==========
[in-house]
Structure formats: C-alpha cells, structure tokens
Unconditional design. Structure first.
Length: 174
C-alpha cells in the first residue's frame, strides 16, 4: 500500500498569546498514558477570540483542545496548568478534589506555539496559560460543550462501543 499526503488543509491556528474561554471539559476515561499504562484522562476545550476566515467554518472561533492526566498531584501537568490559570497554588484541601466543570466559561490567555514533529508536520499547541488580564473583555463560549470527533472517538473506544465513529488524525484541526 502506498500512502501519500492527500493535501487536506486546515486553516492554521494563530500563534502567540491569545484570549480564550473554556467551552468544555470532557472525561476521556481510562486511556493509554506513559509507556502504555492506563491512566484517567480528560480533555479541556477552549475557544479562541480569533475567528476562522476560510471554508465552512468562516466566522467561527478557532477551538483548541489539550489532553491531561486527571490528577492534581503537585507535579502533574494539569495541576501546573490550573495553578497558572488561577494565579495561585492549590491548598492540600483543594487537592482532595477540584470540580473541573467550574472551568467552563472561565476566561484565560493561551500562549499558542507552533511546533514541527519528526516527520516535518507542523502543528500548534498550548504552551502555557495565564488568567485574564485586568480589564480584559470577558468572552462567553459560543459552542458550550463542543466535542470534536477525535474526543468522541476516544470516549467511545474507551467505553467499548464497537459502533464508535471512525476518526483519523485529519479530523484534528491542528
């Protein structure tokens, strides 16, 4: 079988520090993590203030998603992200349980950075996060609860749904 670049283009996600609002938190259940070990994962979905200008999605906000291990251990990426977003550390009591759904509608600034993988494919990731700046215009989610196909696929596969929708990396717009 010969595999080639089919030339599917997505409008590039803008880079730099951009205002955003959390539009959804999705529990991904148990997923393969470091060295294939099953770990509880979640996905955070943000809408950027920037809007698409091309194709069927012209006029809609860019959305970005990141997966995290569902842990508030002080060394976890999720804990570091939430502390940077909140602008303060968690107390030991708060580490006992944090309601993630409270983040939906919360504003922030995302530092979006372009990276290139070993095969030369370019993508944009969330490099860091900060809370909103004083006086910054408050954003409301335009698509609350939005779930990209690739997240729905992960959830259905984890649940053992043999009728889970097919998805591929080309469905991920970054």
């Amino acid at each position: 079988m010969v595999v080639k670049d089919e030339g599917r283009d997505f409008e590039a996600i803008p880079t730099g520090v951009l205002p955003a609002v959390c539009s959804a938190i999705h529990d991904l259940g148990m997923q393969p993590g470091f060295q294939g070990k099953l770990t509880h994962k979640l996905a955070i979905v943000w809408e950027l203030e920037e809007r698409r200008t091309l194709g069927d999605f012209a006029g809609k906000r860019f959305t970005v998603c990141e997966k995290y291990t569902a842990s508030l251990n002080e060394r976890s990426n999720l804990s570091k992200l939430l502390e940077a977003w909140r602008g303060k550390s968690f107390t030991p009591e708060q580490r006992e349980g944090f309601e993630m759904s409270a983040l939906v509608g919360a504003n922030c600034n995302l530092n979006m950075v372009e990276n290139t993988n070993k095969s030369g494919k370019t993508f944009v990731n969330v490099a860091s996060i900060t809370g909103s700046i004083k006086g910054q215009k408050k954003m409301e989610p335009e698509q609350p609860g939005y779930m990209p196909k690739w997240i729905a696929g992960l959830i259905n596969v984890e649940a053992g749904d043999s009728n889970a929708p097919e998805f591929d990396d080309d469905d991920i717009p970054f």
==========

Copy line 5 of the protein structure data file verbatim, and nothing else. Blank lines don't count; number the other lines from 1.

C-alpha cells in the first residue's frame, strides 16, 4: 500500500498569546498514558477570540483542545496548568478534589506555539496559560460543550462501543 499526503488543509491556528474561554471539559476515561499504562484522562476545550476566515467554518472561533492526566498531584501537568490559570497554588484541601466543570466559561490567555514533529508536520499547541488580564473583555463560549470527533472517538473506544465513529488524525484541526 502506498500512502501519500492527500493535501487536506486546515486553516492554521494563530500563534502567540491569545484570549480564550473554556467551552468544555470532557472525561476521556481510562486511556493509554506513559509507556502504555492506563491512566484517567480528560480533555479541556477552549475557544479562541480569533475567528476562522476560510471554508465552512468562516466566522467561527478557532477551538483548541489539550489532553491531561486527571490528577492534581503537585507535579502533574494539569495541576501546573490550573495553578497558572488561577494565579495561585492549590491548598492540600483543594487537592482532595477540584470540580473541573467550574472551568467552563472561565476566561484565560493561551500562549499558542507552533511546533514541527519528526516527520516535518507542523502543528500548534498550548504552551502555557495565564488568567485574564485586568480589564480584559470577558468572552462567553459560543459552542458550550463542543466535542470534536477525535474526543468522541476516544470516549467511545474507551467505553467499548464497537459502533464508535471512525476518526483519523485529519479530523484534528491542528